Dimitri Musafia

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  1. That's where market forces, fueled by an implausible plurality of truths, comes into play. In the '70s Straw Hat Pizza Co aired a commercial explaining that pizza was invented in the Italian town of… Pizza. There they had an annual pizza making festival in which the winning pizza-maker got carried around wearing the Straw Hat as a sort of crown. It was 100% BS - pizza was invented in Naples - but people believed it and flocked to their pizza parlors nonetheless.
  2. It rather depends on if we are talking about art, or conceptual art. No one would think for a minute that Armani sews those suits himself, but everyone takes for granted that Van Gogh did his own painting. Violin making is a field somewhere in the middle between art and conceptual art, where there is not only a lot of leeway, but also fluctuation of standards over the years. That said, most reputable makers, in Cremona at least, will certify if they made the instrument mostly by themselves, or if they are "workshop instruments" wholly made by paid hands. In the latter event, they will charge of course less.
  3. For those who study baroque violin cases, the expertise quoted lists quite more than enough elements to confirm that this is indeed an Italian case of the period, and not of German, French, or English origin. That said, the expertise does not suggest that the case is from the Stradivari workshop.
  4. Actually, the certification reads that the case was, in the opinion of the certifier, quote, "made in Italy in the 18th century, probably between 1720 and 1770 circa." and then proceeds to describe why. (note: Stradivari died in 1737) Yes, it's the case the Tarisio had at auction, no, it didn't sell and in my opinion the reason why is that it needs to be restored before it can fetch a reasonable price. I did suggest to the owner the name of a person who has restored cases like this one before and I hope he will eventually have the work done.
  5. It is indeed a holster case, however I've never seen exactly that type of aperture before. If it's English, perhaps that would explain it… :-)
  6. For some reason it reminds me of 9/11. I know its completely a different issue, but you feel something inside yourself when you see something that you think will be standing forever vanish before your eyes. It's hard to process. I loved that cathedral. Tragic. I felt some of that same emotion when my dad passed away too. Our brain isn't programmed to process everything.
  7. That is interesting! May I know the source of the info?
  8. Where did you hear that?? Fortunately it's not true! Stradivari's house on Corso Garibaldi still stands at no. 57, but his subsequent home/workshop on Piazza San Domenico n. 2 was demolished in the late 1800s, along with the church of the same name, to make place for the public gardens. The two McDonalds are outside of town altogether, along with Burger King and KFC, but I would honestly suggest a good trattoria instead! :-).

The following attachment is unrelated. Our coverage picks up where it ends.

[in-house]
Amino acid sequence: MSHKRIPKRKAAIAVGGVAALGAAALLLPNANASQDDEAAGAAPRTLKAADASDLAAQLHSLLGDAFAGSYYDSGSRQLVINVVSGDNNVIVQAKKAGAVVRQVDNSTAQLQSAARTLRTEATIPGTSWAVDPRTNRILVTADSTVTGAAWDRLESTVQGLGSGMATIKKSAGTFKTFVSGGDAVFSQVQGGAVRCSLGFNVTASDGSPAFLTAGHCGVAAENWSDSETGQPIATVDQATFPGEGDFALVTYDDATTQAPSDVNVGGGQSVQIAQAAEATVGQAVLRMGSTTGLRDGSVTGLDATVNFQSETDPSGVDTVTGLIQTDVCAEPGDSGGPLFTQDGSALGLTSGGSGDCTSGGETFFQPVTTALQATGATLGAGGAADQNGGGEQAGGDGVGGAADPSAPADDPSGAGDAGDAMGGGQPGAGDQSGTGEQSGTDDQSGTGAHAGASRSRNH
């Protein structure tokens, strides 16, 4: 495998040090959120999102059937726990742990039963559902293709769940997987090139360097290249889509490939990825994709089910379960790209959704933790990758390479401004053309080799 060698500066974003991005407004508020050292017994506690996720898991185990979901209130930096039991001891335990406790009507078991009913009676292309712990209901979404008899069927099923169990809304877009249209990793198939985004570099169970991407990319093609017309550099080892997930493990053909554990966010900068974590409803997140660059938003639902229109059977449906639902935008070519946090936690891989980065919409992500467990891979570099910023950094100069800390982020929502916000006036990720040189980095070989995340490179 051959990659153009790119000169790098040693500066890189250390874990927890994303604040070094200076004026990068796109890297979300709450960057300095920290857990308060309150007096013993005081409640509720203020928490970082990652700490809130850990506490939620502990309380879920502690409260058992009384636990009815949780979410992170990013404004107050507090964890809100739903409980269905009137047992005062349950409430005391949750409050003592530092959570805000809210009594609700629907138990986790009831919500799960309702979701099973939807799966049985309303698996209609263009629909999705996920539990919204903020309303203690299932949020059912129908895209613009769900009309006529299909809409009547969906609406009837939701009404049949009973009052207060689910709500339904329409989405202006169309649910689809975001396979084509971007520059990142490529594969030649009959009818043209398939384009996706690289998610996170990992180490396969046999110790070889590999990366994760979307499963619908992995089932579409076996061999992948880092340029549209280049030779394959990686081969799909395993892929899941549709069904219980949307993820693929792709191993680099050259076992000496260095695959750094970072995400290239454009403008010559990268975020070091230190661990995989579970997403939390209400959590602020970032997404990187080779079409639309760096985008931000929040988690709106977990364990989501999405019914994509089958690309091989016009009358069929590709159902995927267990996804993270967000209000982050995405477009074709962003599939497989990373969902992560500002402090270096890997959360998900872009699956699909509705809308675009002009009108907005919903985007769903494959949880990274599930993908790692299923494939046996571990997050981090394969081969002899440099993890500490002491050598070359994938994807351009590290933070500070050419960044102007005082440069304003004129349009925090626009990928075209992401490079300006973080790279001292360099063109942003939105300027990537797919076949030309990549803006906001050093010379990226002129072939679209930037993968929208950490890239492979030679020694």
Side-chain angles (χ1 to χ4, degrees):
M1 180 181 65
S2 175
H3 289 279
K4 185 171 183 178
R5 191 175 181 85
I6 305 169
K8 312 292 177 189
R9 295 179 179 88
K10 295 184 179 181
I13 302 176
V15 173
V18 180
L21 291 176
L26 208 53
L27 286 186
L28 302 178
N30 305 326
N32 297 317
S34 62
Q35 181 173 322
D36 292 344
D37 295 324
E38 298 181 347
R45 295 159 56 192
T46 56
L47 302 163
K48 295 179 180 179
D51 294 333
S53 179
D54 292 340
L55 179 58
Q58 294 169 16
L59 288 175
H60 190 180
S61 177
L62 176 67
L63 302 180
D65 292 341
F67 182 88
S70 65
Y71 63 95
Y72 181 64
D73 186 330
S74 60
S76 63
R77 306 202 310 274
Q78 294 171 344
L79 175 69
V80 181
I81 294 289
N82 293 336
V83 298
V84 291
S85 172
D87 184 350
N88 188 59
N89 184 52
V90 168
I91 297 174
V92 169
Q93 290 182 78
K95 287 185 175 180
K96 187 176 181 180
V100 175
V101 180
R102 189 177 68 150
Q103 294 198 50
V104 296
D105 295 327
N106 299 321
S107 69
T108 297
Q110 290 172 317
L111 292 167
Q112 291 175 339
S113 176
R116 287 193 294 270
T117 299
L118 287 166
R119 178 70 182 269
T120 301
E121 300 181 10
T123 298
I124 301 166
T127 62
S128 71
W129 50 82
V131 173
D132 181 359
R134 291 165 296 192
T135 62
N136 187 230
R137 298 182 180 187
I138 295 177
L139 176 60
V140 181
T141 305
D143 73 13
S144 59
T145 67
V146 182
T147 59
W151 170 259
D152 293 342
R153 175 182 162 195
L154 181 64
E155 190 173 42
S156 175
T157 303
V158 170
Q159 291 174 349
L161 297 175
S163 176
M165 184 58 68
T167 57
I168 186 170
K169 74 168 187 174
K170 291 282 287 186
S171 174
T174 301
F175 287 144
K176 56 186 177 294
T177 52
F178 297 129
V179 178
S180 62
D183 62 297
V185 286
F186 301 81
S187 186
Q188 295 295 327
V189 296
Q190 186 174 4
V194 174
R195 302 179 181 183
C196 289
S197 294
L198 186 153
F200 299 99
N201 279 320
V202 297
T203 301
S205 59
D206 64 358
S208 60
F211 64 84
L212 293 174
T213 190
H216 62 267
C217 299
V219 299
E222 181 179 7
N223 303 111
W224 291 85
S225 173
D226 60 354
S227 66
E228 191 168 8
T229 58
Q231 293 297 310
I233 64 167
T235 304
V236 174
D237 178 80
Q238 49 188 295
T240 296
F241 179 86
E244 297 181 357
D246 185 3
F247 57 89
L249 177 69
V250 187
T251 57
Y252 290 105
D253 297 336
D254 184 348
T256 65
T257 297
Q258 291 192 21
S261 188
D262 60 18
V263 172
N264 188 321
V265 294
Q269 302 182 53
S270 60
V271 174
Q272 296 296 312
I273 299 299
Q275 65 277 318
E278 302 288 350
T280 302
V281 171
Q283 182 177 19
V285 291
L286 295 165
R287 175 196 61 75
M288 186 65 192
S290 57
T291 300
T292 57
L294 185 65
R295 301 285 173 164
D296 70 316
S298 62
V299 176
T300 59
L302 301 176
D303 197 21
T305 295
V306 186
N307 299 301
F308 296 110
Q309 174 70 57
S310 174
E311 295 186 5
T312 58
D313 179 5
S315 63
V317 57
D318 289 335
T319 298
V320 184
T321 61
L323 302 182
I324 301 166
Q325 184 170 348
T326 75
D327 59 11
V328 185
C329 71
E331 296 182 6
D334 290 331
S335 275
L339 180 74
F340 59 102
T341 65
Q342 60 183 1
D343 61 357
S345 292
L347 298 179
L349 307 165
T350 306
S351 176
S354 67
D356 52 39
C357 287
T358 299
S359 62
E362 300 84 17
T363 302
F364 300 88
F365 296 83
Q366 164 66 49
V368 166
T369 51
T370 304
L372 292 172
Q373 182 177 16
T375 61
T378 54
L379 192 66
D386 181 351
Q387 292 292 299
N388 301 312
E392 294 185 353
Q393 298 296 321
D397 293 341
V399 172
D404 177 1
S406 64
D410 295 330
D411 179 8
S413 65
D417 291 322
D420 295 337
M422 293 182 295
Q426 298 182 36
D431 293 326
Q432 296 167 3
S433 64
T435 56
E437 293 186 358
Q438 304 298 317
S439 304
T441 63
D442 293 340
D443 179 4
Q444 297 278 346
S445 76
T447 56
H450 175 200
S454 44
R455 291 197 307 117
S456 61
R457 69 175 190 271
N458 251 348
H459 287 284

9. I've seen some pretty used, dirty violins too, worth millions, quite a lot of such instruments actually, but who am I to judge.
  10. I'm not sure I get your point. The cases by W.E. Hill & Sons were considered the Rolls-Royce of their day, and it should be no surprise that a vintage Rolls goes for a pretty penny these days. Same with the cases. One Hill case recently made $17,220 at auction. And I would not consider Michael Rabin in any league with Megan Markle, but that's just my opinion….
  11. I have a bunch of tales, but one of my strangest ones dates to back when I couldn't say no to clients. A big-name teacher wanted a case which had hinged rigid sleeves as bow accommodations. The idea was, you open the case, unclip the sleeve and swing it out. The you take your bow, reach back half a mile, insert the bow tip while making sure no one is behind you, slide the bow in trying not to break it, and then reclip the sleeve into position. Very practical. But it's a one-off, so if some day it shows up at Tarisio, feel free to bid high ;-)
  12. This topic was brushed in another thread, but I thought it might be fun to give a wider audience. Violinists often know exactly what they want, and as a maker you try to cater to their needs. But what do you do when the musician wants something strange, or something he/she can't articulate, or something that you as a professional already know is a lousy idea, etc. etc.? What are the most outlandish requests you've received? bring 'em on!
  13. Then let me know when that happens so I can finally by a Strad! (and a Modigliani, I always wanted one of those too)
  14. In the late 1980s Sotheby's offered Heifetz's double case (practically identical to the Rabin case) which went for $2,000. Tarisio sold it a few years ago for $24,000. Old cases with important provenance evidently can be good investments.
  15. Looks like you should have :-) You could have resold it for double!